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Heating Plant Receives Landmark Designation

By GRACE BIRDCurrent Staff WriterThe West Heating Plant is now a historic landmark, presenting a potential obstacle to the site’s long-planned redevelopment into luxury apartments and a public park.The D.C. Historic Preservation Review Board voted 5-3 in favor of landmark designation last Thursday, reversing its earlier determination that the 1948 heating plant is unworthy of such a status. Members had planned to review the redevelopment plans — which include largely demolishing the vacant industrial building — but pushed deliberations off to Nov. 16 due to time constraints.Regardless of the plant’s new landmark status, the project team has no current plans to alter designs for the 110-foot, 60-unit luxury apartment house and 1-acre park.“Obviously we are very disappointed. It was an unprecedented decision by the board,” developer Richard Levy of the Levy Group told The Current. “But it doesn’t change anything.”Because the heating plant was already a contributing building to the Georgetown Historic District, the planned demolition needed approval by the Mayor’s Agent for Historic Preservation — who can overrule preservation concerns for an overriding public interest — even before the individual landmark designation. Levy said the team will make its case in January.The latest landmark application was the DC Preservation League’s second attempt at designating the plant, after the preservation board narrowly rejected a previous attempt in 2015. The organization cited the plant’s historical and artistic significance as grounds for its designation. Completed in 1948, the Georgetown plant was built to serve new federal buildings and relieve Southwest’s overworked Central Heating Plant.“The size and massing gives the building a monumental presence near the Georgetown waterfront,” Rebecca Miller, executive director of the DC Preservation League, said at the Nov. 2 hearing. The West Heating Plant represents a shift from art deco to the “minimalist moderne style,” Miller said, evident in its “smooth wall plains, linear brick corner embellishments and subtle architectural details.”The Historic Preservation Office backed the landmark designation, opposing redevelopment plans because the current designs do not “achieve meaningful historic preservation,” according to the agency’s report. The staff also raised questions about the proposed 110-foot height, asking whether it was compatible with the Georgetown Historic District.The proposal has won broad support from the Georgetown community and federal stakeholders. The U.S. Commission of Fine Arts approved the designs in May, while Advisory Neighborhood Commission 2E (Georgetown, Burleith), the Citizens Association of Georgetown and the Friends of Georgetown Waterfront Park also support the plans.Richard Hinds, general counsel for the Georgetown Citizens Association, said the Historic Preservation Review Board “made a mistake” with its designation. “The fact that it’s a landmark adds a certain extra hurdle that the developer has to meet,” Hinds said.Developers contend that the plant is beyond repair. Joel Silverman, the development’s head of construction, said at the meeting the site “is not a building” but rather an “enclosure for a steam plant.” The only viable wall, Silverman said, is on the west side at 29th Street. More than 80 percent of the structure is not laterally supported, Silverman added, meaning it doesn’t have horizontal slabs.“It was not designed to do anything other than to simply house steam boilers,” Silverman said. Meanwhile, although the steam boilers protected the building from moisture when they were operating, deterioration has escalated since the plant closed nearly 20 years ago. The site is also infested with harmful chemicals, including mercury, lead, asbestos and polychlorinated biphenyl, he said.Critics of the current proposal argue that the development team should have recognized the constraints presented by the building’s condition when they purchased the property from the General Services Administration at auction in early 2013.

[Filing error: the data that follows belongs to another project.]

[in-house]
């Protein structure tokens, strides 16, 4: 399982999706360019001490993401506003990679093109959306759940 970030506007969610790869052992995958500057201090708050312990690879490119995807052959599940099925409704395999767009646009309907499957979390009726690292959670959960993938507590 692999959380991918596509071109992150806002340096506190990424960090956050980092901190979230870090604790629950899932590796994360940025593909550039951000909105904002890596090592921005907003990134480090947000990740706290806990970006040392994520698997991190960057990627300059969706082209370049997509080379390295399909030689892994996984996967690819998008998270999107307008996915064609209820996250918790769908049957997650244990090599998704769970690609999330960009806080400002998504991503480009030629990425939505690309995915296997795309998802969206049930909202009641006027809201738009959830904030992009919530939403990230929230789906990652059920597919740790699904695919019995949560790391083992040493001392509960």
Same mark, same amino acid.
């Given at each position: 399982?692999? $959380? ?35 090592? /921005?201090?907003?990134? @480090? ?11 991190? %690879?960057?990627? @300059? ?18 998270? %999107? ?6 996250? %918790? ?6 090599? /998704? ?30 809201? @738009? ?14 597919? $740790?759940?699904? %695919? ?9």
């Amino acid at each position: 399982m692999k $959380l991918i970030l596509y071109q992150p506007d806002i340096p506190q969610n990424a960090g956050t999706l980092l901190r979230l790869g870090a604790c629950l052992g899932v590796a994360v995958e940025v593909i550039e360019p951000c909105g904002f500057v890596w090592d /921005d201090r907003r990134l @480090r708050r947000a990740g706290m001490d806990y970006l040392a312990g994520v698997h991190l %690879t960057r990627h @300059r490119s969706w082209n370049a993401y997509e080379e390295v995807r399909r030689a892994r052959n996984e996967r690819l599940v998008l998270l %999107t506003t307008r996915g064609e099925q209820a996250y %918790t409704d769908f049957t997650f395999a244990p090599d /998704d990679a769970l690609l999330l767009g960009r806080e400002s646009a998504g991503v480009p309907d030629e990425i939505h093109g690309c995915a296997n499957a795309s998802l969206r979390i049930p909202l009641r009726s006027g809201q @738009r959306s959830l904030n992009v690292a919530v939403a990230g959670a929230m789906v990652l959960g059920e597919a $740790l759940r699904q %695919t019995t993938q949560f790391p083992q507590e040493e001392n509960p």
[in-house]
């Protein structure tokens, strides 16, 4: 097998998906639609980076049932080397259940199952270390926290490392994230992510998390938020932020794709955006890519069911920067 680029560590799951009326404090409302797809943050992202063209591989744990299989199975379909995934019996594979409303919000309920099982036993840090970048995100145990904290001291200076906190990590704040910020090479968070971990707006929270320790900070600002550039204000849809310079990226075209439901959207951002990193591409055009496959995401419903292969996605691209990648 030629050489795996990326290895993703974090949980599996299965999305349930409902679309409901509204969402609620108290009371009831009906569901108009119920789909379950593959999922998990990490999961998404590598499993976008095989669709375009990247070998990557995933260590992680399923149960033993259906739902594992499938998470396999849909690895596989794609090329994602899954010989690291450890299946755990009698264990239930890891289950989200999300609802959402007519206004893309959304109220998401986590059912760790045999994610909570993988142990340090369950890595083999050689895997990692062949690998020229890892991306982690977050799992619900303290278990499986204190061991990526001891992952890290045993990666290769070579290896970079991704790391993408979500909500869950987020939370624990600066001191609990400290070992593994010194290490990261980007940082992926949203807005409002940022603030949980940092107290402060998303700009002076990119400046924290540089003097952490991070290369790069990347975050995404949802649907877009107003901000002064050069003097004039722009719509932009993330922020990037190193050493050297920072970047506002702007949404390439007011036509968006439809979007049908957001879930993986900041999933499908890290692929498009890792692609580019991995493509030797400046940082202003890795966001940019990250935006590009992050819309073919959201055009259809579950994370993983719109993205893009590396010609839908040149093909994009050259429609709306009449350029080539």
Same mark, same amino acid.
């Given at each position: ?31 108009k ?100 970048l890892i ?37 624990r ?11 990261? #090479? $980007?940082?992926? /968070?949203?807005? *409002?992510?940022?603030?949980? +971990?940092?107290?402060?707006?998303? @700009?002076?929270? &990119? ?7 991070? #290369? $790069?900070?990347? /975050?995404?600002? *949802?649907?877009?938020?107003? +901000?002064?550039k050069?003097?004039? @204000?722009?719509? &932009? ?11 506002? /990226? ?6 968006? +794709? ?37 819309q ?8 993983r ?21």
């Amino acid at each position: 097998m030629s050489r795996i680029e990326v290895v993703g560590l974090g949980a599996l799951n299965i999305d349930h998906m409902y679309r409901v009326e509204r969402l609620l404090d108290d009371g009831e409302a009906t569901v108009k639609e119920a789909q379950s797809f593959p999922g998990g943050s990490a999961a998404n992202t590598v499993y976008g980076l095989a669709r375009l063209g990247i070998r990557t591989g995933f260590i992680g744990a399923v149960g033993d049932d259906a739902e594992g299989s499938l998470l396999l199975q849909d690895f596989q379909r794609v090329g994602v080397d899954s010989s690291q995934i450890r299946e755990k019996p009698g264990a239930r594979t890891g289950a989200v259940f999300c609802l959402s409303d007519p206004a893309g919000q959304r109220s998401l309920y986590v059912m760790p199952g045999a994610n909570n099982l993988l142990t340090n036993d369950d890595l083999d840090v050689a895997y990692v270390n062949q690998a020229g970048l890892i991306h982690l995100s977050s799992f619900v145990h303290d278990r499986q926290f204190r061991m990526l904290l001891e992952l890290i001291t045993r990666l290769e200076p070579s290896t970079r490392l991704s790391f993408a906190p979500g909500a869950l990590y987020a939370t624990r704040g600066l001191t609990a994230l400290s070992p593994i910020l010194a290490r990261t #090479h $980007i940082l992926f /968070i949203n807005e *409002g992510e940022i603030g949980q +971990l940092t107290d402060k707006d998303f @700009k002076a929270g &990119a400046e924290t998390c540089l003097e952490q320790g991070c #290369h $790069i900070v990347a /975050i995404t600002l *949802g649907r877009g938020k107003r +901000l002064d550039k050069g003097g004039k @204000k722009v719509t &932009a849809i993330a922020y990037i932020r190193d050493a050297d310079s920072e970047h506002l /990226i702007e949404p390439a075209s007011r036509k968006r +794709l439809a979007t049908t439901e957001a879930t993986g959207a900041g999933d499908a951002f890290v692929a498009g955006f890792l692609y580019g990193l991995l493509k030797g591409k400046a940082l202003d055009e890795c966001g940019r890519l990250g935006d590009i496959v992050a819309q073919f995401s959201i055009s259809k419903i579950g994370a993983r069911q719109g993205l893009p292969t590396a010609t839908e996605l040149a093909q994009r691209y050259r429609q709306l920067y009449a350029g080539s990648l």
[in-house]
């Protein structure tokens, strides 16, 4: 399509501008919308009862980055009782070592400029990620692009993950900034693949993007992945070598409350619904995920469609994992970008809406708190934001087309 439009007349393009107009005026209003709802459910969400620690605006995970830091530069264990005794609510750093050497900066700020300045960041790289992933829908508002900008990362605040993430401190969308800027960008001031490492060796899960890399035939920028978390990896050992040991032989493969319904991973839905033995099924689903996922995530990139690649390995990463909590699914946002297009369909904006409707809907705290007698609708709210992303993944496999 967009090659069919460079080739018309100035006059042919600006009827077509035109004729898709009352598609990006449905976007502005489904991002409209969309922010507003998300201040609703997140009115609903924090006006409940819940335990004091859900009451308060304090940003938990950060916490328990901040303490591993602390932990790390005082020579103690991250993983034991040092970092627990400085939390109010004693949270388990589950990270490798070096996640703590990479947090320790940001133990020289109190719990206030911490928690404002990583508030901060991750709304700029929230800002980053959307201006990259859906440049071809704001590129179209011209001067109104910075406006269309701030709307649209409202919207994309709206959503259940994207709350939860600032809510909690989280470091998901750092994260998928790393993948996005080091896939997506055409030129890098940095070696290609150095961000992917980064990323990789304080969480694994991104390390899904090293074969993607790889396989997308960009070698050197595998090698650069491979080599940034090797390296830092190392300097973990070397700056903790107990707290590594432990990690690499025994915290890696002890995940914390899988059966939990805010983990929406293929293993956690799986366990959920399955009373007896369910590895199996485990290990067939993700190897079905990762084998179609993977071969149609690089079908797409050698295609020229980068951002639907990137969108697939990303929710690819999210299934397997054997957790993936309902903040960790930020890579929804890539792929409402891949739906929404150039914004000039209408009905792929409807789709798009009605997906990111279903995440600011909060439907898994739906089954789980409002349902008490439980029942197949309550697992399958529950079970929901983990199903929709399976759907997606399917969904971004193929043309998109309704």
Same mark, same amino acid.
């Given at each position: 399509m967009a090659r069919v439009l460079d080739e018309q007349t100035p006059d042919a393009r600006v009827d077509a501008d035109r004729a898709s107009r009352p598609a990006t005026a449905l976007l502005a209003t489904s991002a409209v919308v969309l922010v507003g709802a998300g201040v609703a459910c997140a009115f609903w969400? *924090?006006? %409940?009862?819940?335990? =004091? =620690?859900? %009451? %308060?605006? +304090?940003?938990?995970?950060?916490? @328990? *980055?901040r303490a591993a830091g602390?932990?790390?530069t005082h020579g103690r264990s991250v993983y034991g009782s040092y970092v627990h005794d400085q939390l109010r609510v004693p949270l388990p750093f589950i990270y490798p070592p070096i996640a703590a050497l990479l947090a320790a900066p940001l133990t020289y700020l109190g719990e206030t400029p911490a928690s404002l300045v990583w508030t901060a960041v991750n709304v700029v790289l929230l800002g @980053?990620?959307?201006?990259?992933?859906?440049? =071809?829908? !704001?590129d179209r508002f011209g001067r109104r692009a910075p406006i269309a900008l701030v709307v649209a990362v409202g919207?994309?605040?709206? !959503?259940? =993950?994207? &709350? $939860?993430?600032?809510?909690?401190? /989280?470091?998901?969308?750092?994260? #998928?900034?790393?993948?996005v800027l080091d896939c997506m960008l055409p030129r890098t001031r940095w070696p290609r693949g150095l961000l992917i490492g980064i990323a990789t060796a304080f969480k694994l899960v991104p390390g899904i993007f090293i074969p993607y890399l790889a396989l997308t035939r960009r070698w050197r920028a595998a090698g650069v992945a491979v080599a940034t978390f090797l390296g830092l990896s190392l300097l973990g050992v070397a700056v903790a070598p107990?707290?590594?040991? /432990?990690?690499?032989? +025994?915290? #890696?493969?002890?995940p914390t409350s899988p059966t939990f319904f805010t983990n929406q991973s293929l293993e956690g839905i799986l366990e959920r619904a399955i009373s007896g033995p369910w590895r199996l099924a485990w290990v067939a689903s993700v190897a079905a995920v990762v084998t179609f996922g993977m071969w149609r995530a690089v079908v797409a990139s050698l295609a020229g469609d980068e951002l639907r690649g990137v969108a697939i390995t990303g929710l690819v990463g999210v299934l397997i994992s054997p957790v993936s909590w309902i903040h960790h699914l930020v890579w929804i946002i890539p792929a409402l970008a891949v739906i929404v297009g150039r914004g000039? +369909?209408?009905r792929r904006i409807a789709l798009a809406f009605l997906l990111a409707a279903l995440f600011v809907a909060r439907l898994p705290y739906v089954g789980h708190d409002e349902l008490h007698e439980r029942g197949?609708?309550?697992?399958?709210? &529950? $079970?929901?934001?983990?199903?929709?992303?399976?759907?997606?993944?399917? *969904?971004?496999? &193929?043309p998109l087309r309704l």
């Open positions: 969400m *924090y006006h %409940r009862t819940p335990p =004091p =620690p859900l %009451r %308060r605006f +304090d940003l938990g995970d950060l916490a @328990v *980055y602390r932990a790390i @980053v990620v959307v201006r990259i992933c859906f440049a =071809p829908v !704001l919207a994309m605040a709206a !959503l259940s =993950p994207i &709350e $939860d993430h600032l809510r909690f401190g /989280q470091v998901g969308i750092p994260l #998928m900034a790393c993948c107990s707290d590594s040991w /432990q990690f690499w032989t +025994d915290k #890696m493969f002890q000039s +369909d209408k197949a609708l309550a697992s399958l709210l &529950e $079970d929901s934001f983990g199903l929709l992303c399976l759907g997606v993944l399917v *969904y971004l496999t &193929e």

This article appears in the Nov. 8 issue of The Georgetown Current newspaper.